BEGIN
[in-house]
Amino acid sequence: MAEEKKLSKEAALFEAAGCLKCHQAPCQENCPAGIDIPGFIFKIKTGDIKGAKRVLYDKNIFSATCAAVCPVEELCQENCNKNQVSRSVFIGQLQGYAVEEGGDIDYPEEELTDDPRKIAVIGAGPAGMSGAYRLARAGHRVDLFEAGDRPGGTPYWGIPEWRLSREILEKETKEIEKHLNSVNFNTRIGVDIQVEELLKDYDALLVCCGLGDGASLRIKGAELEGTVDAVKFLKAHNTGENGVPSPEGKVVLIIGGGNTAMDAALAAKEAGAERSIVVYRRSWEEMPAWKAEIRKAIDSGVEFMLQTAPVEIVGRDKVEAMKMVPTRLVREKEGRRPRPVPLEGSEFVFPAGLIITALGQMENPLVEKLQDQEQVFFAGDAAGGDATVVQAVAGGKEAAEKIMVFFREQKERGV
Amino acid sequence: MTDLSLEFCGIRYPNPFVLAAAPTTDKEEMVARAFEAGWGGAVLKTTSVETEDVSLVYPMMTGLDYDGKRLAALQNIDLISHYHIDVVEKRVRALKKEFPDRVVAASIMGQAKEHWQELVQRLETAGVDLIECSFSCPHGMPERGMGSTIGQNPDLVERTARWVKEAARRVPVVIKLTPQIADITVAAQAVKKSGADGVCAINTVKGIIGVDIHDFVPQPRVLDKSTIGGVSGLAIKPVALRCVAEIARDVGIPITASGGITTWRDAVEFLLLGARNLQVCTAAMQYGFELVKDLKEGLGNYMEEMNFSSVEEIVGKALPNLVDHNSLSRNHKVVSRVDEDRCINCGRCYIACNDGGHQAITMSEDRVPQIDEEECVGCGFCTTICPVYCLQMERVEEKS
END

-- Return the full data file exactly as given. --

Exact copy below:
[in-house]
Amino acid sequence: MAEEKKLSKEAALFEAAGCLKCHQAPCQENCPAGIDIPGFIFKIKTGDIKGAKRVLYDKNIFSATCAAVCPVEELCQENCNKNQVSRSVFIGQLQGYAVEEGGDIDYPEEELTDDPRKIAVIGAGPAGMSGAYRLARAGHRVDLFEAGDRPGGTPYWGIPEWRLSREILEKETKEIEKHLNSVNFNTRIGVDIQVEELLKDYDALLVCCGLGDGASLRIKGAELEGTVDAVKFLKAHNTGENGVPSPEGKVVLIIGGGNTAMDAALAAKEAGAERSIVVYRRSWEEMPAWKAEIRKAIDSGVEFMLQTAPVEIVGRDKVEAMKMVPTRLVREKEGRRPRPVPLEGSEFVFPAGLIITALGQMENPLVEKLQDQEQVFFAGDAAGGDATVVQAVAGGKEAAEKIMVFFREQKERGV
Amino acid sequence: MTDLSLEFCGIRYPNPFVLAAAPTTDKEEMVARAFEAGWGGAVLKTTSVETEDVSLVYPMMTGLDYDGKRLAALQNIDLISHYHIDVVEKRVRALKKEFPDRVVAASIMGQAKEHWQELVQRLETAGVDLIECSFSCPHGMPERGMGSTIGQNPDLVERTARWVKEAARRVPVVIKLTPQIADITVAAQAVKKSGADGVCAINTVKGIIGVDIHDFVPQPRVLDKSTIGGVSGLAIKPVALRCVAEIARDVGIPITASGGITTWRDAVEFLLLGARNLQVCTAAMQYGFELVKDLKEGLGNYMEEMNFSSVEEIVGKALPNLVDHNSLSRNHKVVSRVDEDRCINCGRCYIACNDGGHQAITMSEDRVPQIDEEECVGCGFCTTICPVYCLQMERVEEKS